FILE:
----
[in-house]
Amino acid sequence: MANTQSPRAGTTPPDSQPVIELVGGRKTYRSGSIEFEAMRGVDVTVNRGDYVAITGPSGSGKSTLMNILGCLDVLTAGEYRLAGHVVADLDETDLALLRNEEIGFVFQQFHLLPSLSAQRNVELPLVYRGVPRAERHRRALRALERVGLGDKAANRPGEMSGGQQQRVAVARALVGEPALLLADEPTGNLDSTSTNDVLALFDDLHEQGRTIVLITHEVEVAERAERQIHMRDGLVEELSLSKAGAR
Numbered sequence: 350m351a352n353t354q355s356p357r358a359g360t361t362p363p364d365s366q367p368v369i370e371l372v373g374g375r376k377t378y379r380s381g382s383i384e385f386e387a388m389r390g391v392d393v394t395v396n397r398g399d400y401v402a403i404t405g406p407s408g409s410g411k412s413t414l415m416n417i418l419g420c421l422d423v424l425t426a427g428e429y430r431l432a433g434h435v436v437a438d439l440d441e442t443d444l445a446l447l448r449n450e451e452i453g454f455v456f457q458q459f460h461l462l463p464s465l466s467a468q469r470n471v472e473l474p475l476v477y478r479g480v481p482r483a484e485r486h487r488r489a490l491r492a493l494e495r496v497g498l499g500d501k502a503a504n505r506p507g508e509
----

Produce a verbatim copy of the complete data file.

[in-house]
Amino acid sequence: MANTQSPRAGTTPPDSQPVIELVGGRKTYRSGSIEFEAMRGVDVTVNRGDYVAITGPSGSGKSTLMNILGCLDVLTAGEYRLAGHVVADLDETDLALLRNEEIGFVFQQFHLLPSLSAQRNVELPLVYRGVPRAERHRRALRALERVGLGDKAANRPGEMSGGQQQRVAVARALVGEPALLLADEPTGNLDSTSTNDVLALFDDLHEQGRTIVLITHEVEVAERAERQIHMRDGLVEELSLSKAGAR
Numbered sequence: 350m351a352n353t354q355s356p357r358a359g360t361t362p363p364d365s366q367p368v369i370e371l372v373g374g375r376k377t378y379r380s381g382s383i384e385f386e387a388m389r390g391v392d393v394t395v396n397r398g399d400y401v402a403i404t405g406p407s408g409s410g411k412s413t414l415m416n417i418l419g420c421l422d423v424l425t426a427g428e429y430r431l432a433g434h435v436v437a438d439l440d441e442t443d444l445a446l447l448r449n450e451e452i453g454f455v456f457q458q459f460h461l462l463p464s465l466s467a468q469r470n471v472e473l474p475l476v477y478r479g480v481p482r483a484e485r486h487r488r489a490l491r492a493l494e495r496v497g498l499g500d501k502a503a504n505r506p507g508e509